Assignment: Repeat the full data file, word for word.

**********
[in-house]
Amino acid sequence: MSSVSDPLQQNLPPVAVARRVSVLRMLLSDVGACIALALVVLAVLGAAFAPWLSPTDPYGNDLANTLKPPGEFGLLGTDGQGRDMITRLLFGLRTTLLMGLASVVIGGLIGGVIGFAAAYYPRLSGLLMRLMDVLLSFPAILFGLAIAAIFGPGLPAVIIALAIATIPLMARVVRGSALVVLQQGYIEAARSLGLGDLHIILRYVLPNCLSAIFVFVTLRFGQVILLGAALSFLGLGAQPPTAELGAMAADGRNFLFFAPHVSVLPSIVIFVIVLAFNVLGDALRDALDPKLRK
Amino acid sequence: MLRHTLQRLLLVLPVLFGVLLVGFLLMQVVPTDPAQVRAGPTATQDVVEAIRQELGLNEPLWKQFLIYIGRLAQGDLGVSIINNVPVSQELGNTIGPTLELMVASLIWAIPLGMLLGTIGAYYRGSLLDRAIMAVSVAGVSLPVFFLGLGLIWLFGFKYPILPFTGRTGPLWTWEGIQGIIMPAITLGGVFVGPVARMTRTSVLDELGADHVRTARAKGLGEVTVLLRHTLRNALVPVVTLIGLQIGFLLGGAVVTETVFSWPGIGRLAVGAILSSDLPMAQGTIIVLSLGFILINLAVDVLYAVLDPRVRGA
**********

[in-house]
Amino acid sequence: MSSVSDPLQQNLPPVAVARRVSVLRMLLSDVGACIALALVVLAVLGAAFAPWLSPTDPYGNDLANTLKPPGEFGLLGTDGQGRDMITRLLFGLRTTLLMGLASVVIGGLIGGVIGFAAAYYPRLSGLLMRLMDVLLSFPAILFGLAIAAIFGPGLPAVIIALAIATIPLMARVVRGSALVVLQQGYIEAARSLGLGDLHIILRYVLPNCLSAIFVFVTLRFGQVILLGAALSFLGLGAQPPTAELGAMAADGRNFLFFAPHVSVLPSIVIFVIVLAFNVLGDALRDALDPKLRK
Amino acid sequence: MLRHTLQRLLLVLPVLFGVLLVGFLLMQVVPTDPAQVRAGPTATQDVVEAIRQELGLNEPLWKQFLIYIGRLAQGDLGVSIINNVPVSQELGNTIGPTLELMVASLIWAIPLGMLLGTIGAYYRGSLLDRAIMAVSVAGVSLPVFFLGLGLIWLFGFKYPILPFTGRTGPLWTWEGIQGIIMPAITLGGVFVGPVARMTRTSVLDELGADHVRTARAKGLGEVTVLLRHTLRNALVPVVTLIGLQIGFLLGGAVVTETVFSWPGIGRLAVGAILSSDLPMAQGTIIVLSLGFILINLAVDVLYAVLDPRVRGA